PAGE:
New approaches to employee retention- Part 2

Part two of “New approaches to employee retention”:

According to Wharton management professor Adam Grant, who studies job motivation and meaningful work, “On one hand, financial security is an important determinant of morale, so there’s reason to believe that companies will be facing difficulties. On the other hand, when times are tight, some employees become more grateful for the positive features of their jobs. This is only possible, though, if companies retain the practices that make employees’ jobs intrinsically motivating and meaningful.”…”When bosses can’t promise eternal employment, the best substitute is to offer neutrality, transparency and employee involvement in decision-making.”

In the SHRM survey that polled 600 randomly selected employees at small to large companies, the opportunity to use their skills and abilities was the second most important aspect of job satisfaction and their organization’s financial stability and their relationship with their immediate supervisor tied as the third most important aspect. Although employees value communication with senior managers, less than one-third of employees reported feeling very satisfied with that communication. According to the researchers this could be driven by economic forces: “If employers don’t have good news, it’s hard for them to be communicative with their employees.”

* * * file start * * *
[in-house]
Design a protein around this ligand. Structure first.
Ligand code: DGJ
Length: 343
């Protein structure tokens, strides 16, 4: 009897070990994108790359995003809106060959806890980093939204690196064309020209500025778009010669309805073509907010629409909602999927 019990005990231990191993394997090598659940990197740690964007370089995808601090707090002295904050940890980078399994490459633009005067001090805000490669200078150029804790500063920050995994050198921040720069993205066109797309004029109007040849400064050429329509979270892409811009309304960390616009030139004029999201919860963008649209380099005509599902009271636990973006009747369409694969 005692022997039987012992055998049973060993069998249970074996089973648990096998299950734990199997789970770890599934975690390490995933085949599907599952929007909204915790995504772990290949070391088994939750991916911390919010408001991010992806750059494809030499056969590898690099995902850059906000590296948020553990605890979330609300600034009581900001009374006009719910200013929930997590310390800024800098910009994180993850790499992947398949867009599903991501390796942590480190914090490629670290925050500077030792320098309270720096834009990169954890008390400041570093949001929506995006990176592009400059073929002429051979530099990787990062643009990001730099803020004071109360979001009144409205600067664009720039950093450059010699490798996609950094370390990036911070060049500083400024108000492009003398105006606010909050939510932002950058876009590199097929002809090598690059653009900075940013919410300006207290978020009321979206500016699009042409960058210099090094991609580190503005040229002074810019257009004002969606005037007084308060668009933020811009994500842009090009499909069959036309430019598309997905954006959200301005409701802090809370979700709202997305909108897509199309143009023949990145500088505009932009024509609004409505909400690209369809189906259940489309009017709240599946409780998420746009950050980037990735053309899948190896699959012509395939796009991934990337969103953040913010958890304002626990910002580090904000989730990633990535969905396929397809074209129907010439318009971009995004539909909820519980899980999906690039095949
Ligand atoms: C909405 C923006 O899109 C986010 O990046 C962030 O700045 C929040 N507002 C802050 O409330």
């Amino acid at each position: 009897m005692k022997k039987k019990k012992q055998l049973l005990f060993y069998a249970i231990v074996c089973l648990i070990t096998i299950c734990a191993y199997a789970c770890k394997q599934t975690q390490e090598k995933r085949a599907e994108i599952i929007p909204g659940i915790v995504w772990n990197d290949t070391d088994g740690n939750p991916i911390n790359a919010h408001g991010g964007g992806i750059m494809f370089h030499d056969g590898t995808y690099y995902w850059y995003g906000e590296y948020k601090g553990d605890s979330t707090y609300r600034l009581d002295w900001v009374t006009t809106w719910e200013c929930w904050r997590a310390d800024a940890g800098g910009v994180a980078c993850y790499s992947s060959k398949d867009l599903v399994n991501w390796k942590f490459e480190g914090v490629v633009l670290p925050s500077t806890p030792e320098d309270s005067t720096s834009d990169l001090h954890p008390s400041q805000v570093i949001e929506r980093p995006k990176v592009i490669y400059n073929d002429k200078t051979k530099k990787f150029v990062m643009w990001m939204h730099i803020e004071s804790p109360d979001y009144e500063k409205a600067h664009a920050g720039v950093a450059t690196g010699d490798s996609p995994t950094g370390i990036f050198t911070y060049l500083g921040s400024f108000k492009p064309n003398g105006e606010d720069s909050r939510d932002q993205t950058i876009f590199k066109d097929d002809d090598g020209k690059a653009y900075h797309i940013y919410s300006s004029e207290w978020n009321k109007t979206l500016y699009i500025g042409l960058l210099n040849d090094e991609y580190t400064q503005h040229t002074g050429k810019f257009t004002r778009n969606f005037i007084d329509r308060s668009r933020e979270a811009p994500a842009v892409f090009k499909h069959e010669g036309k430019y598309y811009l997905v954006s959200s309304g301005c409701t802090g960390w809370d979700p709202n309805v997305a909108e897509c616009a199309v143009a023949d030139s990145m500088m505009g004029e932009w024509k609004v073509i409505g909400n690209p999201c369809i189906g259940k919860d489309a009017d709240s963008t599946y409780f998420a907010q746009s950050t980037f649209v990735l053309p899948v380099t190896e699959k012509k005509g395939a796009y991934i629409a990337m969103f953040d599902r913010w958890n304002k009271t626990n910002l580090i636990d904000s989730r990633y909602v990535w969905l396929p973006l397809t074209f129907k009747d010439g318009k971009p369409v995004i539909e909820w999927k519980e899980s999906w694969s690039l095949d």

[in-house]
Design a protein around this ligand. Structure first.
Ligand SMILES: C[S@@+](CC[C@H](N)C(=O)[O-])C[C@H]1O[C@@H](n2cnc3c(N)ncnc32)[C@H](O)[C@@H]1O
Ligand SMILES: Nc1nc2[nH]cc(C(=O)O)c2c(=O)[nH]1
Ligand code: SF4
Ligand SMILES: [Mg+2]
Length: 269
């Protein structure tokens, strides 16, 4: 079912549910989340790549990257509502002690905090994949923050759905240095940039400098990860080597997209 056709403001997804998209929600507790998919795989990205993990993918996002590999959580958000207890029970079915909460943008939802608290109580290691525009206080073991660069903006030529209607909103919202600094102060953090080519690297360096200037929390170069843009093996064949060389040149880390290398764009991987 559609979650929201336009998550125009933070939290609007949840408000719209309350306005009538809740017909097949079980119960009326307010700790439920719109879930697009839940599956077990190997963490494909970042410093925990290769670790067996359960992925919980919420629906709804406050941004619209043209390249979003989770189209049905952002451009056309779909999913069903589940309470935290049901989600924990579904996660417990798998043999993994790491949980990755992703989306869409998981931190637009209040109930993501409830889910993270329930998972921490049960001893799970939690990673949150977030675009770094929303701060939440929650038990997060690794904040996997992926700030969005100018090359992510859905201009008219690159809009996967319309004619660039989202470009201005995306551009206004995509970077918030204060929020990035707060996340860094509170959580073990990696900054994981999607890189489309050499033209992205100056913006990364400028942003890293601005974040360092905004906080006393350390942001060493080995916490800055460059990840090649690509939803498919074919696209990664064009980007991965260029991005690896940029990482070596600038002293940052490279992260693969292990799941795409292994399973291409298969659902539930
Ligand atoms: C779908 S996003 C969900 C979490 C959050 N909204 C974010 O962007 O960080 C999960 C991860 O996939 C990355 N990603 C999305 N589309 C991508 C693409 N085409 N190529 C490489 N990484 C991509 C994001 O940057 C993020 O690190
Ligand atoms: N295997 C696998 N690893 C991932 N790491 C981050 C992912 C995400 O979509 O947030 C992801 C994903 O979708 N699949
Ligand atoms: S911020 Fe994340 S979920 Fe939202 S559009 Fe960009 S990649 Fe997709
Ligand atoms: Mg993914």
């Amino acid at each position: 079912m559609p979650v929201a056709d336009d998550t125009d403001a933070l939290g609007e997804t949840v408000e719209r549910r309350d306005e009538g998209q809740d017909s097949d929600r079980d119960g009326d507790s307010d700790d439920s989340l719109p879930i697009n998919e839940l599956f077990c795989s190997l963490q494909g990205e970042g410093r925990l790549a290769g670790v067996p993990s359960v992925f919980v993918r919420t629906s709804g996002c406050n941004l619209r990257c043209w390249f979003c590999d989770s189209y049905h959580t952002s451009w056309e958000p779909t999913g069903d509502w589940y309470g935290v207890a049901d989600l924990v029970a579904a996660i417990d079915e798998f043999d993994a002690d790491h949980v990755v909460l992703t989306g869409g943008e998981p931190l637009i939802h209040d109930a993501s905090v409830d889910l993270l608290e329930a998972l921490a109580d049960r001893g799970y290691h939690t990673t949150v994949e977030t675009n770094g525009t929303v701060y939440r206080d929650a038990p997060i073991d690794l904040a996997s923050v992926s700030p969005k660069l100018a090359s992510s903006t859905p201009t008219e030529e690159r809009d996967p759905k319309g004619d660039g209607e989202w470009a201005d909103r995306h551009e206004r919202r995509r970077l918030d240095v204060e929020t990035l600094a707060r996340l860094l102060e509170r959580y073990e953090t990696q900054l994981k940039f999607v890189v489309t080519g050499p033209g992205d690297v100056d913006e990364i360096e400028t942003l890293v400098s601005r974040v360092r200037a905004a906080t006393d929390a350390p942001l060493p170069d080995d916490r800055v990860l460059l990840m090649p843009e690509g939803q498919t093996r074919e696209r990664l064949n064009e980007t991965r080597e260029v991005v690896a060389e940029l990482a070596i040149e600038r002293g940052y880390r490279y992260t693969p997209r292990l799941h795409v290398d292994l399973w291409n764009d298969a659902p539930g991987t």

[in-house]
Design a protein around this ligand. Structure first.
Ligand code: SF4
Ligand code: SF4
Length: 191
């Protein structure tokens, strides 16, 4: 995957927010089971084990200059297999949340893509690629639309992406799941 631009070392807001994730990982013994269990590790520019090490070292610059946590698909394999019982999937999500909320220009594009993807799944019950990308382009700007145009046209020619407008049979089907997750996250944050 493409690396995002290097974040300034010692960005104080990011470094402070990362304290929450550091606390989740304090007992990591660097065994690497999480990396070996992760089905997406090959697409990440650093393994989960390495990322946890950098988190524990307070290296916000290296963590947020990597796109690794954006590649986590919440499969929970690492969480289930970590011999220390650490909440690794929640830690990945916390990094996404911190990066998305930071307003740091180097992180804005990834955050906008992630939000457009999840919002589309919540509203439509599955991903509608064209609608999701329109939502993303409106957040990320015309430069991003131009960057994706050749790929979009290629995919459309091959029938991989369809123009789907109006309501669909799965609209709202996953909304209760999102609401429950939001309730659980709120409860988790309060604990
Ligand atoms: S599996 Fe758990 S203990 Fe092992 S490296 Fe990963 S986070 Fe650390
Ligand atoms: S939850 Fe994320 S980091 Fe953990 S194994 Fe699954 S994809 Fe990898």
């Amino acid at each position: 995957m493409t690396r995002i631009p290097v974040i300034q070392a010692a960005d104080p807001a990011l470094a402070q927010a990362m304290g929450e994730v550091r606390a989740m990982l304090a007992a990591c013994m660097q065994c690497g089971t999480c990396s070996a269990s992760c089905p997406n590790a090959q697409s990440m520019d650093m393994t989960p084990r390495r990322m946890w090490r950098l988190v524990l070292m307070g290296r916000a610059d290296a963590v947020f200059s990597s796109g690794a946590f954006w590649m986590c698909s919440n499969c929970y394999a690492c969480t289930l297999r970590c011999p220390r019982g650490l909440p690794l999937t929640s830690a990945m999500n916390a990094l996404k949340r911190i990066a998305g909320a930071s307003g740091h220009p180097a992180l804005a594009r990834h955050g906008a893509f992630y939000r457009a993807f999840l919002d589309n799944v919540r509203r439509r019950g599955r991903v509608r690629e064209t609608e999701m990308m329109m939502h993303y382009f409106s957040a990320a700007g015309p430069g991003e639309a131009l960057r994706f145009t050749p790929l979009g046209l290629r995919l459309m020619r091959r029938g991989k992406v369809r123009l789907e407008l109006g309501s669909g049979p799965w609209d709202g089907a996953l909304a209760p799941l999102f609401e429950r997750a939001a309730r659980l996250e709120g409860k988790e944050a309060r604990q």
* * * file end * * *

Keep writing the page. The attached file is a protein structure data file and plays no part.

Notably, the low level of employee engagement is a red flag for employers. Just over one half of employees report feeling focused and enthusiastic about their work, 52% report feeling completely plugged in at work and only slightly more than 40% are satisfied with their career development opportunities.

Even in tough times, fostering employee engagement remains a critical best practice. Here are seven key drivers of employee engagement:

Commit to employee development as a priority. Despite hiring freezes, re-focusing talent acquisition and retention on internal mobility, whenever possible can help. During uncertain times, promoting people within the organization creates a sense of encouragement and loyalty that can help prevent the mass exodus of talent that typically happens in the aftermath of a recession.

Be sure that employees can positively answer these questions: What am I doing? Where am I going? and Why am I doing it? Employees need to understand how their work affects business outcomes. Building an emotional connection to the organization itself will stimulate engagement.

Discuss with employees if they feel their skills are being utilized effectively and ask if they could contribute in other ways.

Provide appropriate recognition.

  • Be aware of the personal characteristics of great leaders.
  • Foster open and effective communication as well as co-worker cooperation.
  • Clearly communicate the company’s strategy and mission as well as core/shared values.
  • Fairly and consistently implement workplace practices and procedures.

The true differentiation of any organization is the culture, the people -the talent- and they underpin an organization’s ability to remain viable and competitive. Experienced employees have a legacy knowledge and commitment to safe work practices that should not be undervalued.

The Seltzer Group, located in Eastern Pennsylvania, specializes in developing safety, workers compensation, human resources, claims, and risk financing programs. They are a proud member of the Keystone Insurers Group and are nationally recognized for their expertise in workers compensation solutions. The Seltzer Group serves businesses and individuals locally, regionally, and on the national level.

New approaches to employee retention- Part 2 was last modified: August 26th, 2014 by Sarah McGorry